Brazil's thriving African culture

Published 9:30 AM ET, Tue October 23, 2012
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Carnival celebrations in Salvador. Carnival is the grandest holiday in Brazil, drawing millions in celebrations leading up to Fat Tuesday, before the start of Lent. The origins of Carnival combine the Catholic festival celebrations of Portuguese colonialists and the music and dancing of African slaves. Getty Images
Samba dancers perform during a parade celebrating Brazil's independence from Portugal 190 years ago, at Independence park in Sao Paulo. Samba was developed in Brazil by the descendants of African slaves and draws on West African influences. AFP/Getty Images
Salvador, in Bahia state, northeast Brazil, is the country's third largest city and was the country's first colonial capital. It has strong African roots and is the center for Afro-Brazilian culture. Getty Images
Dancers from a samba school on a float representing African slaves during the first night of carnival parade in the giant Sambadrome in Rio de Janeiro. AFP/Getty Images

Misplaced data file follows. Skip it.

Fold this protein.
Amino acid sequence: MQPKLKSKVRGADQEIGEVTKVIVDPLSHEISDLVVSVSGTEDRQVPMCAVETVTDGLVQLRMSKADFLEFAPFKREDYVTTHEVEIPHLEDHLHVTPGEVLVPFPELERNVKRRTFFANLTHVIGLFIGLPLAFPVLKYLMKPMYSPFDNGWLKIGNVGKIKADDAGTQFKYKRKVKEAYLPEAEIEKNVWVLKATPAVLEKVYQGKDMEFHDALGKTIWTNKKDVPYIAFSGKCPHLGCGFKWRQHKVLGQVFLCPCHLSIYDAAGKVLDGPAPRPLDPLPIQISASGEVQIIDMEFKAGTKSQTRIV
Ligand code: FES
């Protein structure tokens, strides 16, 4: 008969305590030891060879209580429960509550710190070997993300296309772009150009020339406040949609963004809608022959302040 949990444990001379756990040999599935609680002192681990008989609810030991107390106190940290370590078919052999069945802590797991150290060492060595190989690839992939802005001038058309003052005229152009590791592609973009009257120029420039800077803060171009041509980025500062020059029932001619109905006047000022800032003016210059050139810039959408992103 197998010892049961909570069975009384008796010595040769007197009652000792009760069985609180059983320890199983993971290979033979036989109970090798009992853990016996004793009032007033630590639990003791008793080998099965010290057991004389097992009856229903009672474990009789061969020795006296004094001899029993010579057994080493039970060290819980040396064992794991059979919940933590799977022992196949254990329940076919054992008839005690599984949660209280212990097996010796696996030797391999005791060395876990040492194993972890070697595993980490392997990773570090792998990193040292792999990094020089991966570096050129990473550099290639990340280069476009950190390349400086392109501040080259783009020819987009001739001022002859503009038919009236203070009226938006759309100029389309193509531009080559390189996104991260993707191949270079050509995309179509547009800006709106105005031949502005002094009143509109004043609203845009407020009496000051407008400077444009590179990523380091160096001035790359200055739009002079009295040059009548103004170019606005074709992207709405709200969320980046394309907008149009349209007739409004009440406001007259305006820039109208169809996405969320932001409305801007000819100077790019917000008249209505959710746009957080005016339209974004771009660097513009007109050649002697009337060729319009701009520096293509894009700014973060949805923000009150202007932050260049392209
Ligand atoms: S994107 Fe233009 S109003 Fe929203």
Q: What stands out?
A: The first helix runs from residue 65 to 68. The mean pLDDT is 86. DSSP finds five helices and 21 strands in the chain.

Members of a quilombo community in Vao de Almas, Brazil. Quilombo communities were formed by escaped slaves during the Portuguese colonialism and many are isolated from modern Brazil. The 400 families living in Vao de Almas have no road, water, electricity, telephone or doctor. AFP/Getty Images
Orixas, deities of the Candomble religion, have been built in Salvador, northeastern Brazil. Salvador, which has a large Afro-Brazilian population, has many followers of Candomble. AFP/Getty Images
An artist performs in front of the old Basilica of Our Lady of Aparecida in Aparecida during Brazilian patron saint's day. Some people believe that the 39-cm-high teracotta statuette of Our Lady of Aparecida was found by runaway slaves on their way to a quilombo community. AFP/ Getty Images